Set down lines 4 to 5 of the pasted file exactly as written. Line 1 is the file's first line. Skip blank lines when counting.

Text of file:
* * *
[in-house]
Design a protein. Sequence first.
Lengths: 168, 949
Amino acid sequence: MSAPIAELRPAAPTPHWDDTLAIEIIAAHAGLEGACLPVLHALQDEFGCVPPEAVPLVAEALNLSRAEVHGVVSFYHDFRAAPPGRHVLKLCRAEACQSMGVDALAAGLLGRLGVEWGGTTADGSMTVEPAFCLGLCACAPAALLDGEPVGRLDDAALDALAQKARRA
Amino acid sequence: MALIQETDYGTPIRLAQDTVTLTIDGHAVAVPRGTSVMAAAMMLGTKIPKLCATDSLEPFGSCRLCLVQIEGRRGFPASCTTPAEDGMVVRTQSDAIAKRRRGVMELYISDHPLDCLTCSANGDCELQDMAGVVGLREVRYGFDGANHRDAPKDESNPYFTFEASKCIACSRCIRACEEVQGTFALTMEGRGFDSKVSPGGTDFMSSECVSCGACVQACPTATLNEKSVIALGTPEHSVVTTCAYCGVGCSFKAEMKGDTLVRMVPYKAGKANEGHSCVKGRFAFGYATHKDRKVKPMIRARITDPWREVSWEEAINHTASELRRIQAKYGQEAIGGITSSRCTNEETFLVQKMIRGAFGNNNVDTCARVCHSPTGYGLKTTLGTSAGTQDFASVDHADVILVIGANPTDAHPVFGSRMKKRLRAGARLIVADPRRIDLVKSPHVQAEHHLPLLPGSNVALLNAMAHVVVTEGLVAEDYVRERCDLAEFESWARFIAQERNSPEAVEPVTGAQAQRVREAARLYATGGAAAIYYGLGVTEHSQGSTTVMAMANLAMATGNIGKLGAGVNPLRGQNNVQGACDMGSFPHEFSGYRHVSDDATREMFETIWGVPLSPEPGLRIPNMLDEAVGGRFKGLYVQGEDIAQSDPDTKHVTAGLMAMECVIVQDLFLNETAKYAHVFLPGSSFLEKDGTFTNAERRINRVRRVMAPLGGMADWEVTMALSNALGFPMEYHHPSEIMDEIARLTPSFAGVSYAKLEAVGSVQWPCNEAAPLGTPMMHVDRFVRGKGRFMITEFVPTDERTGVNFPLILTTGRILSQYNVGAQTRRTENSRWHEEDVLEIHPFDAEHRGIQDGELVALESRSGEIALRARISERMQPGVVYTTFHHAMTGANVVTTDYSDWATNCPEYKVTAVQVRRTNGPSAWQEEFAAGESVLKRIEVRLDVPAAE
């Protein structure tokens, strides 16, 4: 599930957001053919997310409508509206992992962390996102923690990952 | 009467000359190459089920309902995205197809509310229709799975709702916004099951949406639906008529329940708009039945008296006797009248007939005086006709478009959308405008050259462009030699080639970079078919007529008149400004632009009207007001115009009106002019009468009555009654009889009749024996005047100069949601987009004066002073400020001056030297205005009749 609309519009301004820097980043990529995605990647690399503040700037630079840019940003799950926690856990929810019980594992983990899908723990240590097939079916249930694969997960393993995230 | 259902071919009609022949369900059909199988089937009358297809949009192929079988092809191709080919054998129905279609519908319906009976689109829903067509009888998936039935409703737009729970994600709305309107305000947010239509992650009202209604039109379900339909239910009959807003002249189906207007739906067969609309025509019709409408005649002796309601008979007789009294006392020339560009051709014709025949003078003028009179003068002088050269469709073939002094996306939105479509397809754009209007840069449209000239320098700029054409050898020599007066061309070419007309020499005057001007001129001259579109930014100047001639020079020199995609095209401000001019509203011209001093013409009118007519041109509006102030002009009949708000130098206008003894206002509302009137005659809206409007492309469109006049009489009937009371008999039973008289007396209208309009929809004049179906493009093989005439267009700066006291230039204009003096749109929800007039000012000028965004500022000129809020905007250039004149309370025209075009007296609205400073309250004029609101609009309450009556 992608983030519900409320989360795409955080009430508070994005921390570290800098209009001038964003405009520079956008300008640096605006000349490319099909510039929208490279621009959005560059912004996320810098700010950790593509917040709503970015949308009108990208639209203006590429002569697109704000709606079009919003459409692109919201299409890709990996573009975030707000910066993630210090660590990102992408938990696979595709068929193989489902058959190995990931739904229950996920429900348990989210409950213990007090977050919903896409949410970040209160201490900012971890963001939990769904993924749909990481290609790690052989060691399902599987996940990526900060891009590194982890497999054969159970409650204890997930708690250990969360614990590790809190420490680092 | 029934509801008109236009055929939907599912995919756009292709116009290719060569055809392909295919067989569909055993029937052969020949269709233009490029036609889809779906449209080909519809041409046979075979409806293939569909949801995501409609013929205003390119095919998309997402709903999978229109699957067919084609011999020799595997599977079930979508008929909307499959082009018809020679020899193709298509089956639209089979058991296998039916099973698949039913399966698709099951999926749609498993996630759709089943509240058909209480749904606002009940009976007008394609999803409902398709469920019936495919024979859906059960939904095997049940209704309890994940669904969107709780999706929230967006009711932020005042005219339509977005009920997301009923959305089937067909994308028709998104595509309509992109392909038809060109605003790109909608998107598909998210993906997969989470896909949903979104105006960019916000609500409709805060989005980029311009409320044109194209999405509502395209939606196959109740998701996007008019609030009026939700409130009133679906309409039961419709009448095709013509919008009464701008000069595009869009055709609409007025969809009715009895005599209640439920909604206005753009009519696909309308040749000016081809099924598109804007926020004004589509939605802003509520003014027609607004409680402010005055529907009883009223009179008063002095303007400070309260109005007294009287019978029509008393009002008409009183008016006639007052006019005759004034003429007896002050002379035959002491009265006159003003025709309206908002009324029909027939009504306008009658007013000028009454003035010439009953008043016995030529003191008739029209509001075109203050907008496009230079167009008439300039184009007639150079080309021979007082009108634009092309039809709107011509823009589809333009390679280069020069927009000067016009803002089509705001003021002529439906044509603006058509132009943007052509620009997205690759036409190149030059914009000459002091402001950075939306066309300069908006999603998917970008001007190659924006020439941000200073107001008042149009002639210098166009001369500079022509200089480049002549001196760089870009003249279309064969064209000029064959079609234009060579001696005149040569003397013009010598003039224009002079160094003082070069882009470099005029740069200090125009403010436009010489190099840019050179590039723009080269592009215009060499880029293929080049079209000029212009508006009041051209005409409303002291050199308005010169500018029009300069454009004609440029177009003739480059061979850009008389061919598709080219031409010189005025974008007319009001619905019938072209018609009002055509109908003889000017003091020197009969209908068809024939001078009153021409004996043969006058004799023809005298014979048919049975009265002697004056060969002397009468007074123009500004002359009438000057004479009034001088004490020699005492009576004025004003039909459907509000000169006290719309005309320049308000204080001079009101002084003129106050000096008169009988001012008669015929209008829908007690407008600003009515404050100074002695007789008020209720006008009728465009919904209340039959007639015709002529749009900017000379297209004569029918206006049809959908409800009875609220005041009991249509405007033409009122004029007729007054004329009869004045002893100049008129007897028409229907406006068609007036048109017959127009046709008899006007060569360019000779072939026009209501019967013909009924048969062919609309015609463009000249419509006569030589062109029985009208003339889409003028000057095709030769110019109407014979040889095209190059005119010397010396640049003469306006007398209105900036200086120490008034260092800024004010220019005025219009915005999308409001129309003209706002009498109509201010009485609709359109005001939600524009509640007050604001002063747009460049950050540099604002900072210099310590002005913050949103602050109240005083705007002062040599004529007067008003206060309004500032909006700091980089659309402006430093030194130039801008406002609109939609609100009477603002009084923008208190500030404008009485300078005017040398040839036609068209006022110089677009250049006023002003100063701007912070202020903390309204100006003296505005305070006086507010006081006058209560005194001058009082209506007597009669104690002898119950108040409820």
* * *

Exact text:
Amino acid sequence: MSAPIAELRPAAPTPHWDDTLAIEIIAAHAGLEGACLPVLHALQDEFGCVPPEAVPLVAEALNLSRAEVHGVVSFYHDFRAAPPGRHVLKLCRAEACQSMGVDALAAGLLGRLGVEWGGTTADGSMTVEPAFCLGLCACAPAALLDGEPVGRLDDAALDALAQKARRA
Amino acid sequence: MALIQETDYGTPIRLAQDTVTLTIDGHAVAVPRGTSVMAAAMMLGTKIPKLCATDSLEPFGSCRLCLVQIEGRRGFPASCTTPAEDGMVVRTQSDAIAKRRRGVMELYISDHPLDCLTCSANGDCELQDMAGVVGLREVRYGFDGANHRDAPKDESNPYFTFEASKCIACSRCIRACEEVQGTFALTMEGRGFDSKVSPGGTDFMSSECVSCGACVQACPTATLNEKSVIALGTPEHSVVTTCAYCGVGCSFKAEMKGDTLVRMVPYKAGKANEGHSCVKGRFAFGYATHKDRKVKPMIRARITDPWREVSWEEAINHTASELRRIQAKYGQEAIGGITSSRCTNEETFLVQKMIRGAFGNNNVDTCARVCHSPTGYGLKTTLGTSAGTQDFASVDHADVILVIGANPTDAHPVFGSRMKKRLRAGARLIVADPRRIDLVKSPHVQAEHHLPLLPGSNVALLNAMAHVVVTEGLVAEDYVRERCDLAEFESWARFIAQERNSPEAVEPVTGAQAQRVREAARLYATGGAAAIYYGLGVTEHSQGSTTVMAMANLAMATGNIGKLGAGVNPLRGQNNVQGACDMGSFPHEFSGYRHVSDDATREMFETIWGVPLSPEPGLRIPNMLDEAVGGRFKGLYVQGEDIAQSDPDTKHVTAGLMAMECVIVQDLFLNETAKYAHVFLPGSSFLEKDGTFTNAERRINRVRRVMAPLGGMADWEVTMALSNALGFPMEYHHPSEIMDEIARLTPSFAGVSYAKLEAVGSVQWPCNEAAPLGTPMMHVDRFVRGKGRFMITEFVPTDERTGVNFPLILTTGRILSQYNVGAQTRRTENSRWHEEDVLEIHPFDAEHRGIQDGELVALESRSGEIALRARISERMQPGVVYTTFHHAMTGANVVTTDYSDWATNCPEYKVTAVQVRRTNGPSAWQEEFAAGESVLKRIEVRLDVPAAE